After figuring out that we were going to be out of pocket 5.2% more than we originally thought – the transfer tax is 6.5% of 80% of the higher of the assessed value or the purchase price – we had to rethink whether or not we really wanted the car. At this point, I punted and said I’d support whatever my wife wanted to do. Marital happiness is not built on the back of scraping together dollars and cents once you’ve reached the point where it’s no longer necessary.
Exasperated at this extra discovery, my wife blurted out “you should write an article about all of these [CENSORED] taxes that nobody knows about!”
Here it is.
Texas is a fairly popular state with retirees and the like because they don’t have a state income tax. It’s very tempting to mentally reduce the amount of money you’ll need to live on, since, if you live in a state with a state income tax, you’re wiping that tax out, as we did when we moved from Virginia to Texas.
However, there are plenty of other taxes for the state to get its share:
- Sales tax: Texas has a 6.25% sales tax, and local municipalities can tack on up to 2%, making the potential sales tax 8.25%. If you live close to a county border (like we do), it could be worth the drive to go to a county that charges less sales tax, although in our case, the sales tax for both Tarrant county and Johnson county are the same. Boo!
- Property tax: Where we live, the property tax rate is 69.9 cents per $100 of assessed value on a house. In Fort Worth, it’s 85.5 cents per $100 assessed. Thank goodness for country living!
- Ad valorem: In Texas, there’s no ad valorem tax on household goods that don’t generate income, but many states have an ad valorem tax on personal property like cars and boats.
- Franchise tax: If you operate a small business in Texas, you could be subject to a franchise tax of between 0.5% and 1% once your revenues exceed $1,030,000. My last company would have been subjected to this tax, and we probably wouldn’t have known about it until our accountant did our taxes. Since my old company is a Virginia entity, this one doesn’t count, and if I ever make that much as a financial planner, I’ll have already worked too long and should be in retirement.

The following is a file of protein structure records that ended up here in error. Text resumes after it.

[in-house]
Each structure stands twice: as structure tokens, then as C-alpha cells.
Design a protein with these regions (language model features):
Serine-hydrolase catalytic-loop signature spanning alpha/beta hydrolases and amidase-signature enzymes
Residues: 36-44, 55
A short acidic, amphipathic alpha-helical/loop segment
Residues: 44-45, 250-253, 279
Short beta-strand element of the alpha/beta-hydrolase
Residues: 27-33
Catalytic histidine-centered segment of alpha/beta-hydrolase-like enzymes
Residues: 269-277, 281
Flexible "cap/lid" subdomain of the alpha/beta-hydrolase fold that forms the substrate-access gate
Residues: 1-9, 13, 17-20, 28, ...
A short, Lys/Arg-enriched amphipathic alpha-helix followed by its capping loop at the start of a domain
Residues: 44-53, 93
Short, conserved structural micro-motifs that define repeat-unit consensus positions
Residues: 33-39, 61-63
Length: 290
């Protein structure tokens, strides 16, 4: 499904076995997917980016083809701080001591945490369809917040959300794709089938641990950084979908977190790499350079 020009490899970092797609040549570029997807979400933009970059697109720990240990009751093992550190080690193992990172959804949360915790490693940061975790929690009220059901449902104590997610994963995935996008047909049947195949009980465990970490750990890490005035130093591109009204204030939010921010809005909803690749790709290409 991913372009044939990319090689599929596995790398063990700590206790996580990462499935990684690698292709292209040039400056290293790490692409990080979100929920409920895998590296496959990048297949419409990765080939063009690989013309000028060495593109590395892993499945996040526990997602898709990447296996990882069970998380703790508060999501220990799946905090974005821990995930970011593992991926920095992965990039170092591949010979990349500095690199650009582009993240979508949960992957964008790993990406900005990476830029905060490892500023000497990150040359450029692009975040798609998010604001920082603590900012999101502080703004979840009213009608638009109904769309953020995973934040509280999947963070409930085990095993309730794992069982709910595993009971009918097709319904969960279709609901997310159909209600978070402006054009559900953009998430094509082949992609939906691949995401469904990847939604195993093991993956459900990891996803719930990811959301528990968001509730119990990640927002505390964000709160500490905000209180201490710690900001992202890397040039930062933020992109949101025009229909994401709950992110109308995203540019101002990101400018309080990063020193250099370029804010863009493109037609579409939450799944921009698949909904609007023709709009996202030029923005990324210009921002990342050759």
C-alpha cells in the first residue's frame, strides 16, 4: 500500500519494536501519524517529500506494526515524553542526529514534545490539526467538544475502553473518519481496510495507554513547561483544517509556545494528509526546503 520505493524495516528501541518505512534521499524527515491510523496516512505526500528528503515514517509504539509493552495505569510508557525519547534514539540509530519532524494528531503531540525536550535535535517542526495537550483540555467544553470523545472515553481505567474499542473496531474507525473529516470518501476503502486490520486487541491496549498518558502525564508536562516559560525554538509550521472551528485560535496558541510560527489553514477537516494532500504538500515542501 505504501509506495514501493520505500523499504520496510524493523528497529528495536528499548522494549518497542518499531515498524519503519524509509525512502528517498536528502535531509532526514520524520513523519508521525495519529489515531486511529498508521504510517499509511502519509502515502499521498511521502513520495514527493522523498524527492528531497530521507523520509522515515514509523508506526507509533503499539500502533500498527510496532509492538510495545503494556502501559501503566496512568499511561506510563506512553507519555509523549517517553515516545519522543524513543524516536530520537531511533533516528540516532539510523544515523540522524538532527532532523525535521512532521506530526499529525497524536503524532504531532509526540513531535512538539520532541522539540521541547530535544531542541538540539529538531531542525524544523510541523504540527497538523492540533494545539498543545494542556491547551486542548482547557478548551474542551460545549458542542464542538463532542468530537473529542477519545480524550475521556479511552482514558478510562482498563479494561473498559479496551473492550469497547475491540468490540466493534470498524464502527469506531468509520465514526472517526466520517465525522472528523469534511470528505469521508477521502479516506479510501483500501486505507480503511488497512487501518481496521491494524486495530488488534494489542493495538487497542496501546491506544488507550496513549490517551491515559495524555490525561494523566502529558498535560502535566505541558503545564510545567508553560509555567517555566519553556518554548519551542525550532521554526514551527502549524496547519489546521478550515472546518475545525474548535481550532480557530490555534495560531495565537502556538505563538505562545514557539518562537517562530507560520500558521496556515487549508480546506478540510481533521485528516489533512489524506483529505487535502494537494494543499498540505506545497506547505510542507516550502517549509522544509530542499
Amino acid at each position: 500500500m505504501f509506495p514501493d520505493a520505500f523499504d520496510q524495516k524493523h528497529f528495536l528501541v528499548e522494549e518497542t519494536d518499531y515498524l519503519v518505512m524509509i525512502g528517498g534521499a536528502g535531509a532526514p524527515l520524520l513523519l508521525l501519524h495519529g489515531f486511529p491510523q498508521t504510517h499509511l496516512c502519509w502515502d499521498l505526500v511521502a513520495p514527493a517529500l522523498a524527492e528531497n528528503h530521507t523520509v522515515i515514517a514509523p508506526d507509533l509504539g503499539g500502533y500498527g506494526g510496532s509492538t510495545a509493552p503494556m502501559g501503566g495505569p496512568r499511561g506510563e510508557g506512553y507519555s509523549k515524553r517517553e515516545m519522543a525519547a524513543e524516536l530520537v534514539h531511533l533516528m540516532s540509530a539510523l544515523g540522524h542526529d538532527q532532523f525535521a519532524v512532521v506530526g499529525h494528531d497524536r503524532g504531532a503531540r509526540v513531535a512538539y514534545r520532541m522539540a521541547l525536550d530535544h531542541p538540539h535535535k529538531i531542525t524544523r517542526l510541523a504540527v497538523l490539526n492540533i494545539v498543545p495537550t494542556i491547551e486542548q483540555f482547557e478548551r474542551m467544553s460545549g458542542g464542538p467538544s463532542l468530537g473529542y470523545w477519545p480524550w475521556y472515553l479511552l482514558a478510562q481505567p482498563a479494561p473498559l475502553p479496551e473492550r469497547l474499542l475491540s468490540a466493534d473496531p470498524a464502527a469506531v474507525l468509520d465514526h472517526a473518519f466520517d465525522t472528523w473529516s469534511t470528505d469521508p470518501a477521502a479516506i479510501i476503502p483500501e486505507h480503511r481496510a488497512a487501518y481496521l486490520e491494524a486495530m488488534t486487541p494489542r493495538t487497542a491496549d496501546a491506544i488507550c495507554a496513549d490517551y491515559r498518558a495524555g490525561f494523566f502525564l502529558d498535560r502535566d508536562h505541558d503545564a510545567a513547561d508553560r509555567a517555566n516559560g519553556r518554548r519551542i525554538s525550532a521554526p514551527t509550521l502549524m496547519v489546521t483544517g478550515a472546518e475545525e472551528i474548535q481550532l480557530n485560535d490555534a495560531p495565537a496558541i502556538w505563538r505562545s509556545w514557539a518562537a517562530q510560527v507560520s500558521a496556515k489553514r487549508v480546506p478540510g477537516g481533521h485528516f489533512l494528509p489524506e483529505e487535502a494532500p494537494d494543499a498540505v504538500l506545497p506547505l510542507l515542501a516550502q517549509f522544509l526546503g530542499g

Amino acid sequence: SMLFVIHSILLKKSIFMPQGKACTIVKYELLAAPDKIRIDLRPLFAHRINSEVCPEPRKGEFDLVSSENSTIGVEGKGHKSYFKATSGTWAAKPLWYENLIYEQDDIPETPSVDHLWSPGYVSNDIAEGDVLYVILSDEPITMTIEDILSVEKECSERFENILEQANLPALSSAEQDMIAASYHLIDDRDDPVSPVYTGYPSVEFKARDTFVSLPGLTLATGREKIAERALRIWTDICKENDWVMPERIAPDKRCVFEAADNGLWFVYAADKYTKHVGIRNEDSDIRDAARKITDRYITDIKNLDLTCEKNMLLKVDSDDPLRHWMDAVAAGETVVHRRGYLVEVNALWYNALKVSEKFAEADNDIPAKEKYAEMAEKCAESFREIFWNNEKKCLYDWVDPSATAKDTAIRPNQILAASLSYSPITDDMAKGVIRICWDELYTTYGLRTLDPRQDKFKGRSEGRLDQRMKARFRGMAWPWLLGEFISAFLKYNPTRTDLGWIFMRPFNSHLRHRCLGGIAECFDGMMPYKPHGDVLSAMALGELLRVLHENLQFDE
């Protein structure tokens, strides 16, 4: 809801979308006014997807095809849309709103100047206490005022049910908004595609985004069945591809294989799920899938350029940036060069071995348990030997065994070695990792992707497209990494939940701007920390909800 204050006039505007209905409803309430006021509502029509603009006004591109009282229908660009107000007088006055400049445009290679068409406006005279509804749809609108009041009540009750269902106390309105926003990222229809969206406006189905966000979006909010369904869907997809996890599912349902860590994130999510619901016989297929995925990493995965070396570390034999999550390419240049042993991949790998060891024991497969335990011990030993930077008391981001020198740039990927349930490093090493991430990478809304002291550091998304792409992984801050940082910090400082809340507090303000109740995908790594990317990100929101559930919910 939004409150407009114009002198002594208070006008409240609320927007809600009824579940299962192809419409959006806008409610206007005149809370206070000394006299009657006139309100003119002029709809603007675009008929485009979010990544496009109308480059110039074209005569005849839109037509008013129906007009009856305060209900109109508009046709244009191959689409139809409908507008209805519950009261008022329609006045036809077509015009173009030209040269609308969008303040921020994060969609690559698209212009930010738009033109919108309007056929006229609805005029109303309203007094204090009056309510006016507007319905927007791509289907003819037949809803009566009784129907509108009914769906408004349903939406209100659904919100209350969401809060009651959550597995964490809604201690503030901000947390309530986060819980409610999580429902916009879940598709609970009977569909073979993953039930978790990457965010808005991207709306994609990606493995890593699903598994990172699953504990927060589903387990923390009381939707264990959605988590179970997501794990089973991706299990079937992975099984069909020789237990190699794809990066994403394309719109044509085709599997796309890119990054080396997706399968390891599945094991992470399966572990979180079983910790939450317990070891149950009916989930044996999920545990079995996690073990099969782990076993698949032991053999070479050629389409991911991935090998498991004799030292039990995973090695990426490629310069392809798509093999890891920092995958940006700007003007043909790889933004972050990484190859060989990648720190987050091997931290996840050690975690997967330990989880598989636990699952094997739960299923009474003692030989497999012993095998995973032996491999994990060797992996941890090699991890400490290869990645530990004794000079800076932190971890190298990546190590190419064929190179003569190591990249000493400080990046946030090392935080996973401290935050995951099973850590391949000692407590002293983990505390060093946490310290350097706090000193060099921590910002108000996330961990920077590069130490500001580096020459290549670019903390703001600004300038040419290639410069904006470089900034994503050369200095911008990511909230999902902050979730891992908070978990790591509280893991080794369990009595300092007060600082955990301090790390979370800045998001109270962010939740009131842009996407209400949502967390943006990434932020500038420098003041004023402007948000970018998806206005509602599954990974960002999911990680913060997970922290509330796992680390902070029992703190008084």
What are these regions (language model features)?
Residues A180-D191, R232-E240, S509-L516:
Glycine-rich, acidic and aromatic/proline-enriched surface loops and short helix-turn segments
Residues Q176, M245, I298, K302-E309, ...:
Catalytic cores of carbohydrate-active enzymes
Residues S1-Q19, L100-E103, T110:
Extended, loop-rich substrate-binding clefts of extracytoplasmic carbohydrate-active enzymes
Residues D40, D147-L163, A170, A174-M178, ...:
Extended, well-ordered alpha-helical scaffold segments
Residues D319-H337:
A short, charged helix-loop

- Taxes that are included in the price you pay. Many taxes (including sales tax above) are simply factored into the cost of goods and services that you purchase. These include:
- 911 service fees on your cell bill
- Automotive oil
- Sin taxes (cigarettes, alcohol, etc.)
- School taxes (although these are usually rolled into property taxes)
- Hotel taxes
- Gas taxes
- Airport landing taxes
If you’re curious about all of the taxes that Texas charges, you can get a list of them here. Some of my favorites are the mixed beverage tax, the pari-mutuel tax, and the retaliatory tax.
This is more of a cautionary tale than anything. Each state’s taxes will vary, so you’re best off looking on your state’s tax page to see what taxes can be assessed and perhaps spending 15 minutes with your accountant next time you’re filing your annual taxes to make sure that there are no “gotchas” which you may later encounter.
If you’re concerned about doing your taxes correctly, I’ve used
TurboTax Online for several years, and, despite the complicated status of our taxes, have had no problems filing my taxes, saving us almost $1,000 compared to what we were paying our accountant when he prepared our taxes.
What’s the weirdest tax you’ve ever had to pay? Tell us about your experiences in the comments below!